Document Type

Article

Publication Date

1-2014

Comments

This article is the final published version in Cell Calcium Volume 55, Issue 1, January 2014, Pages 17-23.

The published version is available at DOI: 10.1016/j.ceca.2013.10.005 Copyright © Elsevier

Abstract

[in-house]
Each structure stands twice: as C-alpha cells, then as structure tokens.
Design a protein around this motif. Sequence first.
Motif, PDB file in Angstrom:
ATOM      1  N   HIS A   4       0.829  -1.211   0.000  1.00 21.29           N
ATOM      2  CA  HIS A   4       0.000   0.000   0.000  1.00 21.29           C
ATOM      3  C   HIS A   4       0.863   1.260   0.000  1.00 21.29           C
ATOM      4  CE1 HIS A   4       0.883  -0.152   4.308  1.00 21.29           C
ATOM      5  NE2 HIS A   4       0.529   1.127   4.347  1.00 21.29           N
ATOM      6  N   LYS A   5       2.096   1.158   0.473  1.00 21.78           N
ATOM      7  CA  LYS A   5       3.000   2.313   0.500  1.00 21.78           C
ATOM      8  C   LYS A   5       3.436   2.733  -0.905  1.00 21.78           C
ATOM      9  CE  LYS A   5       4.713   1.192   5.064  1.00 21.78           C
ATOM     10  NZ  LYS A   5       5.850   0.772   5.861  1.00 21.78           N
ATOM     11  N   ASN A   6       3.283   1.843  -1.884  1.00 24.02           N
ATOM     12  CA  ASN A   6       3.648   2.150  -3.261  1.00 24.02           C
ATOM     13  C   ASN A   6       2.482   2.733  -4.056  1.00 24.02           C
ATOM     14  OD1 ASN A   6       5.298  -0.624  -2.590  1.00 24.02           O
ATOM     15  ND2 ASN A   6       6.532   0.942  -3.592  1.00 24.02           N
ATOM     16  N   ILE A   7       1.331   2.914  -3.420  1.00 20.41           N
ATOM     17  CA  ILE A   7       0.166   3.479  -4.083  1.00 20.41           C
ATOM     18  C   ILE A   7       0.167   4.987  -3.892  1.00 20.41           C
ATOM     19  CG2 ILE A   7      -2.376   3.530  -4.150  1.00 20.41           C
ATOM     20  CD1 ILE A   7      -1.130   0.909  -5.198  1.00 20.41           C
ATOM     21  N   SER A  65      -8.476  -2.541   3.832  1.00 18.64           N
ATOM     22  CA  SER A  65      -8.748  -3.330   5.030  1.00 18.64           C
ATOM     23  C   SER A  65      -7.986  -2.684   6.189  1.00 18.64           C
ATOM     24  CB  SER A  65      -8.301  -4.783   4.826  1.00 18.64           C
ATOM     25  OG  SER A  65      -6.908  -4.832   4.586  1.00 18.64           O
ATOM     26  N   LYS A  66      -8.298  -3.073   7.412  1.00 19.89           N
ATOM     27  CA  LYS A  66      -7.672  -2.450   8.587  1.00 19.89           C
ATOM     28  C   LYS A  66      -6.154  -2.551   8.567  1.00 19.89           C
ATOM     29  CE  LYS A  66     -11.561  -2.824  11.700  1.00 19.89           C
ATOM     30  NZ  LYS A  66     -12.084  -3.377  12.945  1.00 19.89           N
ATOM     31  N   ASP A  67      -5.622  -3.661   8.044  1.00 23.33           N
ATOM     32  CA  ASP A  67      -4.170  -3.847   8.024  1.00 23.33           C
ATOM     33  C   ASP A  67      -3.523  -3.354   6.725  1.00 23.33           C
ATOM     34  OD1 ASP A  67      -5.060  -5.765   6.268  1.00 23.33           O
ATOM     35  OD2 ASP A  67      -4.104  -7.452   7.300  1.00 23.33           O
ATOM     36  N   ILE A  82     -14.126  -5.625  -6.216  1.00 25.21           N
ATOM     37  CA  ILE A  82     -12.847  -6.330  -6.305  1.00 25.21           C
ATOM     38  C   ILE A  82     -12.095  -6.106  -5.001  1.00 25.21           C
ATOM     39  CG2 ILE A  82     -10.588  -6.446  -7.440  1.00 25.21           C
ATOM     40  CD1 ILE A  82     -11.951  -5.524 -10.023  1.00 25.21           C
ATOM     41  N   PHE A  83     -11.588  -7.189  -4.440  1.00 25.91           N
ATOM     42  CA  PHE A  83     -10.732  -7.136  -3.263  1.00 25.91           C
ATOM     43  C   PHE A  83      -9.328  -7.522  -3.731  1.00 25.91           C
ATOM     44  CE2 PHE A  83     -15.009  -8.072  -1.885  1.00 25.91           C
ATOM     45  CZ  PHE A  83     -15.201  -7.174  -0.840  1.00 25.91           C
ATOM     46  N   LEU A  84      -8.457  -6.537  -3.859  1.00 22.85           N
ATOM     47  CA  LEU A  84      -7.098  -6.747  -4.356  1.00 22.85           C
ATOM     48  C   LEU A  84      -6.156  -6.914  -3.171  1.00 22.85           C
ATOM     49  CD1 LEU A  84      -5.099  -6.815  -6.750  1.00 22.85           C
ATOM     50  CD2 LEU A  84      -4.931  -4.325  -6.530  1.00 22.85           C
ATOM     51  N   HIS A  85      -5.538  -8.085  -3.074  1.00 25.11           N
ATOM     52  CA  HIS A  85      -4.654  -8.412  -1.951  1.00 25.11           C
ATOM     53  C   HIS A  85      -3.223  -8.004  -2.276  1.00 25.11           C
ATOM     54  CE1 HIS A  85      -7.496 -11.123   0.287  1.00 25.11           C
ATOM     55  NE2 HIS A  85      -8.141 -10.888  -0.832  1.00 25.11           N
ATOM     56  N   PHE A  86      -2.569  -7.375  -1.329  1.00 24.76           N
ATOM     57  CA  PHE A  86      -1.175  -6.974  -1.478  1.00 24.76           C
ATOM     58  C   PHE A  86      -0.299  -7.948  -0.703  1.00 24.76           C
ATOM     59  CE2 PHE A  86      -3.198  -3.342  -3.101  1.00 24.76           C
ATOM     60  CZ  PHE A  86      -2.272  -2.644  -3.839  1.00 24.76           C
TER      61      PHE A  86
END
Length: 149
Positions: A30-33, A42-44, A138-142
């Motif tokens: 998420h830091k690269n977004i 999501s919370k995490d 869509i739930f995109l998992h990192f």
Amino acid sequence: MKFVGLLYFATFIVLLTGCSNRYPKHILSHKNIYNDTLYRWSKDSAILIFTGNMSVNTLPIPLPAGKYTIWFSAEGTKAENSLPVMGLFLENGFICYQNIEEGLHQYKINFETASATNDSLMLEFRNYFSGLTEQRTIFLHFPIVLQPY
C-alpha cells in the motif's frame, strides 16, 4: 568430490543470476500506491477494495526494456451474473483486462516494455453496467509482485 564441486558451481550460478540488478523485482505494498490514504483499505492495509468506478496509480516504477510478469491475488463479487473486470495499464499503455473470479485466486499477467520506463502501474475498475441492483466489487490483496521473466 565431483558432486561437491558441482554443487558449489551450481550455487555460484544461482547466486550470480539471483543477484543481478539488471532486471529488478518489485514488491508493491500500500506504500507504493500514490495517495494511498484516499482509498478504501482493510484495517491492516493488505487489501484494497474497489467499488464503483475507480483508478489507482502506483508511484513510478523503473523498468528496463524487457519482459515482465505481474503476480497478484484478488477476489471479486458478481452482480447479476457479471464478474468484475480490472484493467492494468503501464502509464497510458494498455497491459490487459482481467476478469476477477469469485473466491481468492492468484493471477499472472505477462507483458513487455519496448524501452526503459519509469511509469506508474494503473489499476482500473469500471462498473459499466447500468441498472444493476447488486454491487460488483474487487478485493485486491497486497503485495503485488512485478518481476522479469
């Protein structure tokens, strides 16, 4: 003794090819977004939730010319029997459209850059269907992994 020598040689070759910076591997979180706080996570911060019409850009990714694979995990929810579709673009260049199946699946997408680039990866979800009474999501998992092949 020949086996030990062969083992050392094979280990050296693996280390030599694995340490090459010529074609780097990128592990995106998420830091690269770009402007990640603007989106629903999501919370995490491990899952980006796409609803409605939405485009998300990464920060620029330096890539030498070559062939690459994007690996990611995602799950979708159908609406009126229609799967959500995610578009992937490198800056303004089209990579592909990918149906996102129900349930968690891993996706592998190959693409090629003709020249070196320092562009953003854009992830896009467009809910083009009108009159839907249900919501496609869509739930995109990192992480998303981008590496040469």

The Ca(2+) content in the sarcoplasmic reticulum (SR) determines the amount of Ca(2+) released, thereby regulating the magnitude of Ca(2+) transient and contraction in cardiac muscle. The Ca(2+) content in the SR is known to be regulated by two factors: the activity of the Ca(2+) pump (SERCA) and Ca(2+) leak through the ryanodine receptor (RyR). However, the direct relationship between the SERCA activity and Ca(2+) leak has not been fully investigated in the heart. In the present study, we evaluated the role of the SERCA activity in Ca(2+) leak from the SR using a novel saponin-skinned method combined with transgenic mouse models in which the SERCA activity was genetically modulated. In the SERCA overexpression mice, the Ca(2+) uptake in the SR was significantly increased and the Ca(2+) transient was markedly increased. However, Ca(2+) leak from the SR did not change significantly. In mice with overexpression of a negative regulator of SERCA, sarcolipin, the Ca(2+) uptake by the SR was significantly decreased and the Ca(2+) transient was markedly decreased. Again, Ca(2+) leak from the SR did not change significantly. In conclusion, the selective modulation of the SERCA activity modulates Ca(2+) uptake, although it does not change Ca(2+) leak from the SR.

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